Bernadette Chirac, wife of former French president Jacques Chirac, said Wednesday it was ‘ridiculous’ that a head of state's wife or partner – in this case Valérie Trierweiler – should be considered France’s “First Lady”.
In a long and frank interview on Europe 1 radio’s breakfast programme, Mrs Chirac, 80, whose husband served as France’s head of state from 1995 to 2007, said she felt overwhelming sympathy for current President François Hollande’s partner Valérie Trierweiler.
Trierweiler, a journalist for Paris Match magazine, checked herself into a private clinic suffering from “exhaustion” following revelations in French gossip magazine Closer that 59-year-old Hollande had been having an affair with actress Julie Gayet, who is 18 years his junior.
She stayed there, out of the public eye, for eight days before returning to the president’s official residence at La Lanterne, near Versailles on the outskirts of Paris.
And at a major annual press conference held on January 14, just days after Closer broke the story, Figaro journalist Alain Barluet asked Hollande: “Do the French need clarification, ahead of your forthcoming trip to Washington [in February ], as to whether Valérie Trierweiler is still France’s First Lady?”
Refusing to be drawn on questions on his – or Trierweiler’s – private life, Hollande promised that there would be answers before his visit to the USA, where President Barack Obama’s wife Michelle holds a very official position as spouse to the head of state.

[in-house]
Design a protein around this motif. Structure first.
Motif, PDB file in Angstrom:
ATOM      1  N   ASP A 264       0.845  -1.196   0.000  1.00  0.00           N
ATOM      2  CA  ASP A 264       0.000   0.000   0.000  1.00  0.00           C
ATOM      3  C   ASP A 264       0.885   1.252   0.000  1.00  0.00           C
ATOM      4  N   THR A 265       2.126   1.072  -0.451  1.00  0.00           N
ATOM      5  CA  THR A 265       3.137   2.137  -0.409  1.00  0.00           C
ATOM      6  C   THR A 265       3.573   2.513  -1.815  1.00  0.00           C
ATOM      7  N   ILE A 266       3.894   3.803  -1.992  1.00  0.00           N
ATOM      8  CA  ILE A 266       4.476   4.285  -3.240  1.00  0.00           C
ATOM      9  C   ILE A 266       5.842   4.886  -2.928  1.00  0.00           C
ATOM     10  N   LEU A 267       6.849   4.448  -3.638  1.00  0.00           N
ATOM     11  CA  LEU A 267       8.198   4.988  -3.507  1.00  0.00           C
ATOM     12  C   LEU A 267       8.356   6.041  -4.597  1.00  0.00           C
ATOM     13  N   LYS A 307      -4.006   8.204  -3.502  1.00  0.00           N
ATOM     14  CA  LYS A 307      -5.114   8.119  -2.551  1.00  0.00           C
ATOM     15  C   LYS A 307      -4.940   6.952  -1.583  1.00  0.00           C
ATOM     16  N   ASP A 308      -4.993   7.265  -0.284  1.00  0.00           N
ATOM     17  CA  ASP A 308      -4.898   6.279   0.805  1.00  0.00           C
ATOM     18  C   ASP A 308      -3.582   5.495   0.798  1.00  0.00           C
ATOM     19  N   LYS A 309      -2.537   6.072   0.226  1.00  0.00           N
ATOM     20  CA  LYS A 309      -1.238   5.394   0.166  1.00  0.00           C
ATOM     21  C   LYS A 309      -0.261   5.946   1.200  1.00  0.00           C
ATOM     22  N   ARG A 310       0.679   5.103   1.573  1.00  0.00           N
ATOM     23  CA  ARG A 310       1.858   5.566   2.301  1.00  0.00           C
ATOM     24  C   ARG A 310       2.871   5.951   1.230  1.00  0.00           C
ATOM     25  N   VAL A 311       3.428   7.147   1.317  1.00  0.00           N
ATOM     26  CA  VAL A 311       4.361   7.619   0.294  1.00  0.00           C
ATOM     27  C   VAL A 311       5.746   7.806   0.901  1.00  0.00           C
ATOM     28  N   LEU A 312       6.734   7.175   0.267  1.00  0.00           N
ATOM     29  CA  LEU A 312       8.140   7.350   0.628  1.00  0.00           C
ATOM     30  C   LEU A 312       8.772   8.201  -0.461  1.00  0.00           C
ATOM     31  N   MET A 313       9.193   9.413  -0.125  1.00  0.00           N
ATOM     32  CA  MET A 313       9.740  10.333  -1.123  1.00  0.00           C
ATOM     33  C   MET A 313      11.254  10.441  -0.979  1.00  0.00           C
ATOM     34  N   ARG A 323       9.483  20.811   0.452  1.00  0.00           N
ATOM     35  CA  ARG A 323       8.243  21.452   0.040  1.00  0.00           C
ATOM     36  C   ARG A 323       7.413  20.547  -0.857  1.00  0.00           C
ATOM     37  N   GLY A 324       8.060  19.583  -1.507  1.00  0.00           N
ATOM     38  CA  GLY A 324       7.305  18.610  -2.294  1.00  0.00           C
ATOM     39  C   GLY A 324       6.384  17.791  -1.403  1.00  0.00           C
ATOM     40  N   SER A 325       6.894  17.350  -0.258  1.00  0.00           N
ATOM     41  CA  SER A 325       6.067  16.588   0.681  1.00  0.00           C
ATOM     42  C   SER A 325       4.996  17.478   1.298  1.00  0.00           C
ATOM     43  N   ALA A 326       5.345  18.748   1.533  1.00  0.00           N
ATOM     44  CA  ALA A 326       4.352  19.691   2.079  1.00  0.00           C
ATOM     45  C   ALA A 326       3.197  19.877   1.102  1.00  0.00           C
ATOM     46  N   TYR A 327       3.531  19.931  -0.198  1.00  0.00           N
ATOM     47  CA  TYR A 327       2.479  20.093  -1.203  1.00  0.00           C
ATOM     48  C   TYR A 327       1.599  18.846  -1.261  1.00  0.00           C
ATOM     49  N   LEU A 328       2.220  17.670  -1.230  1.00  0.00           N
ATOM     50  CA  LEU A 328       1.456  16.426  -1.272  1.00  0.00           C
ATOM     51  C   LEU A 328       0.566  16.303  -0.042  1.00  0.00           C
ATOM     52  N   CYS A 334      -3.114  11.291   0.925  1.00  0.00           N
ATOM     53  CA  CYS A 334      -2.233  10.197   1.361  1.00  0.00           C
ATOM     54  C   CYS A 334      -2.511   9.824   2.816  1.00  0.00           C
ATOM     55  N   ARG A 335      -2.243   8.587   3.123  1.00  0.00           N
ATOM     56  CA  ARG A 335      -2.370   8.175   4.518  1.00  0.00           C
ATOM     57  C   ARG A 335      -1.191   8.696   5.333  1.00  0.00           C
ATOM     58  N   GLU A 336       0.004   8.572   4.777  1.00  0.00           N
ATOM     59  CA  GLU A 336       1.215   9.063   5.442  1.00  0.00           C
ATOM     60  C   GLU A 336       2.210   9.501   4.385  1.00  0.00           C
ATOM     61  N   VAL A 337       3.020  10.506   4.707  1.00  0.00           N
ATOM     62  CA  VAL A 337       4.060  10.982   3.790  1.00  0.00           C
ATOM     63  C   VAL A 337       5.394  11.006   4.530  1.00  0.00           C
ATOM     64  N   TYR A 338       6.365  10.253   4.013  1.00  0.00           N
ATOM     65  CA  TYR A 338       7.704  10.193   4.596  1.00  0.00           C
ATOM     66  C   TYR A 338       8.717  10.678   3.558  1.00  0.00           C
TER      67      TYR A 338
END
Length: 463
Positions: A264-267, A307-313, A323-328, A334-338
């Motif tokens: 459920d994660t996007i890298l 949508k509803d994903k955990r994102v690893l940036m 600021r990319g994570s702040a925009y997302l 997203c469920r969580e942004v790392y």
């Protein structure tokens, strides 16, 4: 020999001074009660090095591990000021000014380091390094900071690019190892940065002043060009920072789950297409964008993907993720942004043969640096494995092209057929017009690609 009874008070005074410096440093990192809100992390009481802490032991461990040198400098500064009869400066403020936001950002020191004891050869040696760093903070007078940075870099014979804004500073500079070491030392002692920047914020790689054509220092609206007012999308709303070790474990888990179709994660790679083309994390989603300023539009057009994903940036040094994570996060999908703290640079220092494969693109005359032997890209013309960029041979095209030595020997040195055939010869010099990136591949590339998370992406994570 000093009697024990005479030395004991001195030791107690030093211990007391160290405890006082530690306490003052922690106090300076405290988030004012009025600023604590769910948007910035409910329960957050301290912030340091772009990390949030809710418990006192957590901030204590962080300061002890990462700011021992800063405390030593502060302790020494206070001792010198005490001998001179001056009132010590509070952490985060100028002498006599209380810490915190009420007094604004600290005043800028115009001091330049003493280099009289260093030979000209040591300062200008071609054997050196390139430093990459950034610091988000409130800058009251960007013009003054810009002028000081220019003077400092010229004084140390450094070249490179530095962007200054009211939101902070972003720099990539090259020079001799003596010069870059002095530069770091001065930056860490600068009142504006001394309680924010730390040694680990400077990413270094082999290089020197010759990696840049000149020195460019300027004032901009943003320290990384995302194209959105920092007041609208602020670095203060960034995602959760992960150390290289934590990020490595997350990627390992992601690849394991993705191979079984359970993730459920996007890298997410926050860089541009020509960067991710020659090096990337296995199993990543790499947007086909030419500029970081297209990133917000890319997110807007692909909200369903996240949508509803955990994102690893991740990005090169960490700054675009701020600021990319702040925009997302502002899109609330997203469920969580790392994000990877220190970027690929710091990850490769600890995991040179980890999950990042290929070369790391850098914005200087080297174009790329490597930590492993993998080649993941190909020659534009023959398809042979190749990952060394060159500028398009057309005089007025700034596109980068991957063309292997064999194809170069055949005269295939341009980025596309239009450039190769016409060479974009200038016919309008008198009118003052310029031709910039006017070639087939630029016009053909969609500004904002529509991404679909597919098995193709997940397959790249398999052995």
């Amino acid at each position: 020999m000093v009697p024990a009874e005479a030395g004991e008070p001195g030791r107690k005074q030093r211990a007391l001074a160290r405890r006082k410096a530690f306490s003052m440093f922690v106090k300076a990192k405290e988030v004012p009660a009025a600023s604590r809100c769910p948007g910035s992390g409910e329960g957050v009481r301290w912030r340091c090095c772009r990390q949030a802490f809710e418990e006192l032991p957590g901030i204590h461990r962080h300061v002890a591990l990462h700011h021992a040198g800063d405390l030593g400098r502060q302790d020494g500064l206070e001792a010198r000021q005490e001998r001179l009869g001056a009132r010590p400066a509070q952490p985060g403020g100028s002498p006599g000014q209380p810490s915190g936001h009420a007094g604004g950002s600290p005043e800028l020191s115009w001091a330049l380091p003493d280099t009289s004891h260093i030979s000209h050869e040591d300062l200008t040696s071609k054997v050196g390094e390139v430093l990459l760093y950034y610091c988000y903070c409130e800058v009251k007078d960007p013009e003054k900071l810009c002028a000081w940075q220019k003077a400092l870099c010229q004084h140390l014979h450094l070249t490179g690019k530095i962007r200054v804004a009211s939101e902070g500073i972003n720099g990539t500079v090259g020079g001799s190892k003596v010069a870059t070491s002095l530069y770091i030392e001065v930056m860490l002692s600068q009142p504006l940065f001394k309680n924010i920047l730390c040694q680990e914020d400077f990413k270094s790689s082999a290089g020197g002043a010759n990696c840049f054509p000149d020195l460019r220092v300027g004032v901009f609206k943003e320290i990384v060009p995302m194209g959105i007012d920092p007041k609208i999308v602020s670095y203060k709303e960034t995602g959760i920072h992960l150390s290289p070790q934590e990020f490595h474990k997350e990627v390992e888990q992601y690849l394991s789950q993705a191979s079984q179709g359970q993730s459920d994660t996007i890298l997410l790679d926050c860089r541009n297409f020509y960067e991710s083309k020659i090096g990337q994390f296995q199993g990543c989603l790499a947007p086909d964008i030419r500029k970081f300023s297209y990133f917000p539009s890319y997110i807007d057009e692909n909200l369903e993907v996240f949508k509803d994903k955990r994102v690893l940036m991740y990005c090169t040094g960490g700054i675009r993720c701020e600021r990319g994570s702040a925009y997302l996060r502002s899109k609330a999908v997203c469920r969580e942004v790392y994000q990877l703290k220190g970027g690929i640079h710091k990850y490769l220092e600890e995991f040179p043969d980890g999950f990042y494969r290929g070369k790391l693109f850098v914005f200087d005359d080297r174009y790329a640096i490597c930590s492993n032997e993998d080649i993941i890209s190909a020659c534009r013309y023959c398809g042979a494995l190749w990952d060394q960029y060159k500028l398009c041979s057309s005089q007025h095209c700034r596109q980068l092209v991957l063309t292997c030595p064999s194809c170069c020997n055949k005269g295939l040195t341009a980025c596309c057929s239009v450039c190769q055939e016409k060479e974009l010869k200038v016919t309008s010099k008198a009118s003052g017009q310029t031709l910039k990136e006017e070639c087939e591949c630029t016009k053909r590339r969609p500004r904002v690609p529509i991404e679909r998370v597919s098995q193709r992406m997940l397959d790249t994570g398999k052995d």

French presidents’ wives have never held the official status of “First Lady”. Nevertheless, the expectation that they should travel, and be seen with, their betrothed (Hollande has never been married), has grown over the years.
For Bernadette Chirac, a line needs to be drawn to separate, definitively, the role of presidential spouse from any notion of an official role representing the country.
“At the very least, she would need a secretary to handle the considerable volume of correspondence,” she said. “But official ‘First Lady’ status is ridiculous. It is the president who is elected, no one else.
“If the president happens to be married, so much the better, for him and for the French,” she added, admitting that there was an expectation for presidents’ wives to “make themselves useful somehow”.
Mrs Chirac certainly made herself useful, campaigning with her husband before and during his two mandates and is still reaping the benefits from her high-profile – though unofficial – position as wife to a former president.
As well as being the head of various health and children’s charities, she remains an elected member of the Corrèze regional council despite her age.
Date created : 2014-01-22